I envisaged building the menu of all pages e.g. by executing something like

SELECT title, url, headline from pages WHERE isMenu=TRUE

and creating the list of recent posts on the home page by running

SELECT * FROM posts WHERE date_created < [some date]

This would also allow for a smooth migration to an actual relational database system if the performance of file-based database would not be that great after all.

I underestimated the efforts of ‘building your own database engine’, but finally the main logic is done. My file system recordset class has this functionality (and I think I finally got the hang of classes and objects):

  • Parse a SQL string to check if it is well-formed.
  • Split it into pieces and translate pieces to names of tables (from FROM) and list of fields (from SELECT and WHERE).
  • For each field, check (against my schema) if the field should be encoded in the file’s name of if it was part of the name / value attributes in the file contents.
  • Build a file search pattern string with * at the right places from the file name attributes.
  • Get the list of files meeting this part of the WHERE criteria.
  • Parse the contents of each file and exclude those not meeting the ‘content fields’ criteria specified in the WHERE clause.
  • Stuff all attributes specified in the SELECT statement into a table-like structure (a dataTable in .NET) and return a recordset object –  that can be queried and handled like recordsets returned by standard database queries – that is: Check for End Of File, or MoveNext, return the value of a specific cell in a column with specific name.

Now I am (re-)creating all collections of pages and posts using my personal SQL engine, In parallel I am manually sifting through old content and turning my web pages into articles. To do: The tag cloud and handling tags in general, and the generation of the RSS XML file from the database.

The new site is not publicly available yet. At the time of writing of this post, all my sites still use the old schema.

Disclaimers:

  • I don’t claim this is the best way to build a web site / blog. It’s also a fun project for the sake of having fun with developing it, exploring the limits of flat-file databases, forcing myself to deal with potential performance issues.
  • It is a deliberate choice: My hosting space allows for picking from different well-known relational databases and I have done a lot of SQL Server programming in the past months in other projects.
  • I have a licence of Visual Studio. Using only a text editor instead is a deliberate choice, too.

13 thoughts on “My Flat-File Database

  1. Pingback: Random Things I Have Learned from My Web Development Project | Theory and Practice of Trying to Combine Just Anything

  2. Wonderful 🙂 I completely understand where you are coming from: there is nothing like DYI!

    A couple of years ago I developed a website builder using my Genetic Fractal language (what else!). It dealt with all the layout issues automatically and understood the UI depencies without coding . But I missed things like updating from a phone or adding new features in a few clicks and went back to wordpress.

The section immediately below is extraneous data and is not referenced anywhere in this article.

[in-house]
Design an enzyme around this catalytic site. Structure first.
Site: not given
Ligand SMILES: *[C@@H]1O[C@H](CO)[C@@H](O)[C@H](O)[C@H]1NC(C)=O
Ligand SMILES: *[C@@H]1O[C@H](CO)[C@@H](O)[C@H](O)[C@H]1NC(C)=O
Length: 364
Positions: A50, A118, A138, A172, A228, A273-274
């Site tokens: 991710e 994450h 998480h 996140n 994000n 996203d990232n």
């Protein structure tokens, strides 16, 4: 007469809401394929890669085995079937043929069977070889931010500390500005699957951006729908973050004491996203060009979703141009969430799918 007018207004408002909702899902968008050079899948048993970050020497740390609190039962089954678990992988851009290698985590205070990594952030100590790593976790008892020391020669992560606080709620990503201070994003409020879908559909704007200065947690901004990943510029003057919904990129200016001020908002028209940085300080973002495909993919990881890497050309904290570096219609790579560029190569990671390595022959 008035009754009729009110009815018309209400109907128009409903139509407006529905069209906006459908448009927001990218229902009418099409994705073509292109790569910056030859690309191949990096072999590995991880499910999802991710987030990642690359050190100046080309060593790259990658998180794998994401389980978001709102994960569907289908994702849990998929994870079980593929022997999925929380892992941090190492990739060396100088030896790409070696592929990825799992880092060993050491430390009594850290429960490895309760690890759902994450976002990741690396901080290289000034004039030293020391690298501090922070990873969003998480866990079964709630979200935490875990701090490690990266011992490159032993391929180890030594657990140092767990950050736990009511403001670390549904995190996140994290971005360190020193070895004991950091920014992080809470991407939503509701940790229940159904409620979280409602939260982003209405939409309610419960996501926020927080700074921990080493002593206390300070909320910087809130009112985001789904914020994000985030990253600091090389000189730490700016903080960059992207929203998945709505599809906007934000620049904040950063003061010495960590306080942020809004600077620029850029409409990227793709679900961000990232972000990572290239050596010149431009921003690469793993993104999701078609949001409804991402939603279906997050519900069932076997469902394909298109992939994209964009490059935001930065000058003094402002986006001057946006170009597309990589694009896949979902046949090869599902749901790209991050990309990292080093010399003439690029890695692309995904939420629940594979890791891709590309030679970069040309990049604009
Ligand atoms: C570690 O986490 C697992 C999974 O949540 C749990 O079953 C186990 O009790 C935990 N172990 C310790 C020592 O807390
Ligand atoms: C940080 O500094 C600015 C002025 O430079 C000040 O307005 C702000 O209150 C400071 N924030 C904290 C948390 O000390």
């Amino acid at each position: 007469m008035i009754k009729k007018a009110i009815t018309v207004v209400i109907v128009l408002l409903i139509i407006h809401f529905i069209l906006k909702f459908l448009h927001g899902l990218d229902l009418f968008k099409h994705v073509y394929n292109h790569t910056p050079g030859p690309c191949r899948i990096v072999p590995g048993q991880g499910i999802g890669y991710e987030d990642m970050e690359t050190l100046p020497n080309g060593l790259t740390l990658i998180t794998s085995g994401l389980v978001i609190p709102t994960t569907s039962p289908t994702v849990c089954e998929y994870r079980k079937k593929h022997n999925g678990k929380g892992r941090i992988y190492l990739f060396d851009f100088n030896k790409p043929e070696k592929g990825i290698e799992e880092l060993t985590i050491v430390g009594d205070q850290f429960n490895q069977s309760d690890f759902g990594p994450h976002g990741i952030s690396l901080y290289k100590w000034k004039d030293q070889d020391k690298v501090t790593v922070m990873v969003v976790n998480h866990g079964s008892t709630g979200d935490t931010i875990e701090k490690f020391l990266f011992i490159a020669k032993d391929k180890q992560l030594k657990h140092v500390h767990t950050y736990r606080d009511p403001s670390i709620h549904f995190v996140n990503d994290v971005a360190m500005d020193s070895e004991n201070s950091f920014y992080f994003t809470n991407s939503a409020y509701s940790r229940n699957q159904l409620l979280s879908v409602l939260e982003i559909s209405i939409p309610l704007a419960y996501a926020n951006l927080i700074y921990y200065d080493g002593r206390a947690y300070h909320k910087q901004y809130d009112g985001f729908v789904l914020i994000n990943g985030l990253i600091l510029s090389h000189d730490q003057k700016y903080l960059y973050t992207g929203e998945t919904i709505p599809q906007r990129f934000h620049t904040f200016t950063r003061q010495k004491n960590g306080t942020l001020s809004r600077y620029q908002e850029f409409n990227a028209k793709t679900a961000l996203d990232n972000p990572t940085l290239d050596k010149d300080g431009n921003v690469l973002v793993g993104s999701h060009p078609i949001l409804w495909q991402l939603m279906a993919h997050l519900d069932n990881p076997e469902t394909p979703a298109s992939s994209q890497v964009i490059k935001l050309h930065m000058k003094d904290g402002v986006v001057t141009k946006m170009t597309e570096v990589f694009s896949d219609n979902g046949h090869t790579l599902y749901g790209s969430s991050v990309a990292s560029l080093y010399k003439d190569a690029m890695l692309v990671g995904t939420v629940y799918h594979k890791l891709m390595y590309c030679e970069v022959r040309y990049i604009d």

However, I can’t help myself. A couple of weeks ago I went back to the same concept to implement a more general language that represents program logic as a tree architecture where the root is the lowest common denominator between all the components. These components communicate via their branches and as such the communication channels construct themselves as you build the tree. The underlying idea is to have a language that is able to construct with high level components that automatically understand the structure they are grafted on without necessarily understanding the overal purpose system. A bit like an API-free subsystem.

    The point is that this is completely unnecessary because there are beautiful languages and systems already available but … there is nothing like creating and trying out new paradigms yourself. Exploring parts of the forest that no one has visited before.

    Best of luck with your database: it is awesome!

    • Your project sounds very impressive. My text file database just has the most basic features. 😉
      I will also stay away from social media widgets. Yesterday I tested to embed my latest tweets using a standard Twitter widget – and my website suddenly got remarkably slower by some factor. So my conclusion is that, no matter how inefficient my code or my concept of accessing text files is, it cannot beat those slow cross-references to social media sites.

      It would be more reasonable to use an existing system, such as installing WordPress. But I have this unreasonable desire to know every bit of my code. I enjoy debugging and improving my own stuff, but I find the ongoing maintenance – such installation of somebody else’s (security) updates, being vigilant re latest issues – rather tedious.

      From the most pragmatic perspective I can say that my own personal programming projects have always helped me develop skills that finally turned out very useful in professional projects. For example, having got the hang of ASP.NET now, I set out to re-do also the simulations for the heat pump system.